Straight Outta Crompton – Get Your Sh!t Off My Street
If you lived just past the No Exit sign on the cul de sac at the end of Alpine Crescent in Alta Vista that may be your sentiment. See, I have four kids who like to leave bikes, balls, trials courses and most of their stuff in the street. I have tried for years to gain control of their neighbourhood takeover with very little success. Just when I think I have figured it out and built the right shed or storage area, a new game or a new neighbour kid changes the game and I am losing again. The movement of my children’s toys is unstoppable. My kids own the street!
If you ask me who owns the Alta Vista cul de sac, my answer is clear… neighbourhood kids. If you ask me who owns the public space elsewhere my answer has always been the same as everyone I spoke to this week: “the government”. Sometime between leaving our bike on our personal parking lot in the street and graduating High School we learn that public space is owned by the government. For as long as I can remember I have perceived public spaces as “owned” by the mayor and his/her friends. It has led me to a lot of magical and wrong thinking the worst of which is… I can’t adjust the way my town operates.
This week my mind was changed by Cheakamus Crossing and a guy from Toronto.
There are bus stops in Cheakamus Crossing that litterbugs like to decorate with all kinds of nasty. Cheakamus Crossing residents have been requesting the RMOW put in garbage cans, to no avail. The position of the RMOW is that there is centralized garbage pickup in all the CC strata and on the buses. Bin placement and maintenance is expensive so the hope is that people can get their garbage from their house to the bus. The problem is… it is likely that most of the litterbugs are Whistler newbs. A conundrum.
So, facing this trashvalanche a hero stepped from the shadows. Marc Belair the manager of the Whistler Youth Hostel organized an “adopt a stop” program. Residents jumped on it and households have taken responsibility for the beautification of CC and their particular stops. I am not sure if CC adopters are as excited about their new responsibility as I am, but I think the result of a frustrating situation is a pretty cool development: public ownership of public space.
At first glance it looks like more like: public responsibility for public space… and what is so great about that? I think what gets me excited is that with responsibility comes some discovered rights and vice versa. In the same way that I have always viewed public spaces as “owned” by the mayor, I have also viewed them as static and unchangeable (unless the mayor says so). But if you are the caretaker of the bus stop its hard for the bosses to tell you not to plant tulips. After all… pubic space is called PUBLIC space!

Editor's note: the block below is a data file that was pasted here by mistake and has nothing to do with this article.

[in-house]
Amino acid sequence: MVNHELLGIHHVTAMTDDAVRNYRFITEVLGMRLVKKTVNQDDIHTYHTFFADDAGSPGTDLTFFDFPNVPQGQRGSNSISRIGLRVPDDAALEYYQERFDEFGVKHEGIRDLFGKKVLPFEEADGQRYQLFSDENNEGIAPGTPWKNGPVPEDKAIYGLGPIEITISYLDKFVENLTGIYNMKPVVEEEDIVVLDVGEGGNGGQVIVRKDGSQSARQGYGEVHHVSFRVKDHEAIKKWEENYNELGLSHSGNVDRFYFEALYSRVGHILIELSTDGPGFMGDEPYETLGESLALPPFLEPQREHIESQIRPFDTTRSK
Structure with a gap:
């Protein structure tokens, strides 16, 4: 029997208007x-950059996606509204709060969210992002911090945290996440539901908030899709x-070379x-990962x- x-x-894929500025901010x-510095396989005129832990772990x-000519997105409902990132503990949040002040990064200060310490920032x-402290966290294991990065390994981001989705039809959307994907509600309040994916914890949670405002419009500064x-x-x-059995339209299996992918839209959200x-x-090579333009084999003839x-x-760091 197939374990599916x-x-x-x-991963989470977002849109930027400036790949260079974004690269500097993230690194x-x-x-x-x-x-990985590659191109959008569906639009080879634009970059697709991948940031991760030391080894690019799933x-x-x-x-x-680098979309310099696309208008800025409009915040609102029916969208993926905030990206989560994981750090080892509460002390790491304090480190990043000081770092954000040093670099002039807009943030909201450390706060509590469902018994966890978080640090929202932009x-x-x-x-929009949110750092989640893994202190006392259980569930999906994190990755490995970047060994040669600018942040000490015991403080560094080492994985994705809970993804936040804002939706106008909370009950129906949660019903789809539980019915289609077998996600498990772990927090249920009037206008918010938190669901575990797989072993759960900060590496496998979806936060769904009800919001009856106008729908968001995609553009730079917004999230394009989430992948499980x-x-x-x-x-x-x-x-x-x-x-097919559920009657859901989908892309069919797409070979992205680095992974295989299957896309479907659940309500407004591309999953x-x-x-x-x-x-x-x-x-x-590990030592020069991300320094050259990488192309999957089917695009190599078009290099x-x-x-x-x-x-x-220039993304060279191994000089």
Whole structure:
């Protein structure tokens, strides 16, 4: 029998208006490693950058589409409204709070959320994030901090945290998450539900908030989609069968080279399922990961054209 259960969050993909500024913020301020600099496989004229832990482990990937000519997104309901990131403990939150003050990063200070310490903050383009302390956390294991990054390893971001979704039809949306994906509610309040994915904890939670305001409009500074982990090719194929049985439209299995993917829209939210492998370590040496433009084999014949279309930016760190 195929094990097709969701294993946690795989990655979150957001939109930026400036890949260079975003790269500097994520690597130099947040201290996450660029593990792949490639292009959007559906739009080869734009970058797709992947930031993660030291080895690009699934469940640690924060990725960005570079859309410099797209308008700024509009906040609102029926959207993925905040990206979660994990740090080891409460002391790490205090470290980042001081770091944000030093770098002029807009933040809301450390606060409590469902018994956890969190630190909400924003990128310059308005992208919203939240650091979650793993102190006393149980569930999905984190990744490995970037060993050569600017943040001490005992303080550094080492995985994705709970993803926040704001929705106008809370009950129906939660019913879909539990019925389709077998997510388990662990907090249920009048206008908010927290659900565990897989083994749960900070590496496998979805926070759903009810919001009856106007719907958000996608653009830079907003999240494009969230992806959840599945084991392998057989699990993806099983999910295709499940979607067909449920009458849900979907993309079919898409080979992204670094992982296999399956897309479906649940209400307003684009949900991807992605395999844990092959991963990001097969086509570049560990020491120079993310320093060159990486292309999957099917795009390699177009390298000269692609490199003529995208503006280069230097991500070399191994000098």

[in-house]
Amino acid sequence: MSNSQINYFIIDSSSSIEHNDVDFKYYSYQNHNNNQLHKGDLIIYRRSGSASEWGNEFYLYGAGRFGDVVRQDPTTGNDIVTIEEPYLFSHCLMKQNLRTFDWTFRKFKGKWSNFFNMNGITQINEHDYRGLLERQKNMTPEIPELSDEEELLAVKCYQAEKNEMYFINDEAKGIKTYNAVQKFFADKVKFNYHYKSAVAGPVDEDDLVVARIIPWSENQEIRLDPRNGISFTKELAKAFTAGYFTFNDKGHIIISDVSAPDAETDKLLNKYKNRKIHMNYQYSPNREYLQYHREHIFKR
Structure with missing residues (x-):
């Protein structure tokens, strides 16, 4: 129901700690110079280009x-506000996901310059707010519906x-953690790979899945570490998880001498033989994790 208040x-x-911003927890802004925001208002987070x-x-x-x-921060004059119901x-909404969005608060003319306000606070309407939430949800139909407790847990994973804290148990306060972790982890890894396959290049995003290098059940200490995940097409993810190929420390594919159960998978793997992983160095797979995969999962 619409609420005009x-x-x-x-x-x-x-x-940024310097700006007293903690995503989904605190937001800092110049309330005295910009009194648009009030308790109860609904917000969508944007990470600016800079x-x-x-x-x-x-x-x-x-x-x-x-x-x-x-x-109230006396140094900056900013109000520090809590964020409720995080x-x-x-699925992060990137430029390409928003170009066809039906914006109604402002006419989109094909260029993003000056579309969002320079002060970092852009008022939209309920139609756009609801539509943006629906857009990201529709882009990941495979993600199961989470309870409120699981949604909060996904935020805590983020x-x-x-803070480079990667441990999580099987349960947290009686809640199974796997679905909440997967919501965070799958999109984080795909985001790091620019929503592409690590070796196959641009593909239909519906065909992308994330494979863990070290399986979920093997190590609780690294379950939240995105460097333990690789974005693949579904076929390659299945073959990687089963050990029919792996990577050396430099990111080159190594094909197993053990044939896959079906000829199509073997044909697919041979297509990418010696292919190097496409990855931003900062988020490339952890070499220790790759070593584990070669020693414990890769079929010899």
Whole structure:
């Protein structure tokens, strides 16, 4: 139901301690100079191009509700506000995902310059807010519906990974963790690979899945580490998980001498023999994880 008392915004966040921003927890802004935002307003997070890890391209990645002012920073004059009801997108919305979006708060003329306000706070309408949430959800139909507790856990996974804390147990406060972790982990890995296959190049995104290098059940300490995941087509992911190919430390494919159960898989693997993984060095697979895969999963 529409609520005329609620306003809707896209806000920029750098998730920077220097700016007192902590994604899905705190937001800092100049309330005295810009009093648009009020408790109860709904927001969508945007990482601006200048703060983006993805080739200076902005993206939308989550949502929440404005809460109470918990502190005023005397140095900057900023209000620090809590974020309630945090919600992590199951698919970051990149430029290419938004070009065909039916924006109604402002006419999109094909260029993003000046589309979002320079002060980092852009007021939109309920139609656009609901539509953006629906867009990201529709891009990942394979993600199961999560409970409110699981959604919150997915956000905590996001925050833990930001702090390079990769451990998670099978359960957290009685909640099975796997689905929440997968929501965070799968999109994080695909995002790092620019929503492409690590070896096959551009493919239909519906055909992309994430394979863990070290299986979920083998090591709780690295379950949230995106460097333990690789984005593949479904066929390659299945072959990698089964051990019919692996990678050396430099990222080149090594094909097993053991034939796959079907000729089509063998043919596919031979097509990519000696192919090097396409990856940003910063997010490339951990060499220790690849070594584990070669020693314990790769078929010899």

For me it is a change of mind. I want my kids to see a world they can influence. I want to see a world I can influence. And that brings me to the guy from Toronto. Dave Meslin is his name and he calls himself a community choreographer but most would probably say ‘activist’. Whatever you call Dave he is a creative genius, in my mind. His vision is to be creative in his activism work rather than angry. He started by organizing permit-less street parties and painting his own bike lanes on Toronto streets. The result was a community of people who saw Toronto as a place they could change… as a place that was malleable. Whatever you think of his “radical” actions, what it does show is that the world we live in is malleable.
I think a community where public spaces are owned by the public is probably a more interesting place, if not a better place. So the Cromptons have decided to adopt the Alta Vista bus stop at the mailboxes. We went by today and unfortunately the sign has actually been ripped down… tough start. My hope is that in a couple months people will think of our bus stop as a great place to be! The love of my life and my eldest spent the morning making fun of my bus stop. “Maybe a free lemonade stand, or a coffee stand… best bus stop in Whistler”… they mock, but we’ll see who’s laughing in a couple months.
I hope a community like CC, actively taking care of their commons, will make it more likely that newcomers and serial garbage throwers will start to share that valuing of the commons. I am now convinced my home (Whistler) is malleable and interested people with a desire to make changes, can. Maybe, I’ll even be able to get my kids’ sh!t off the street!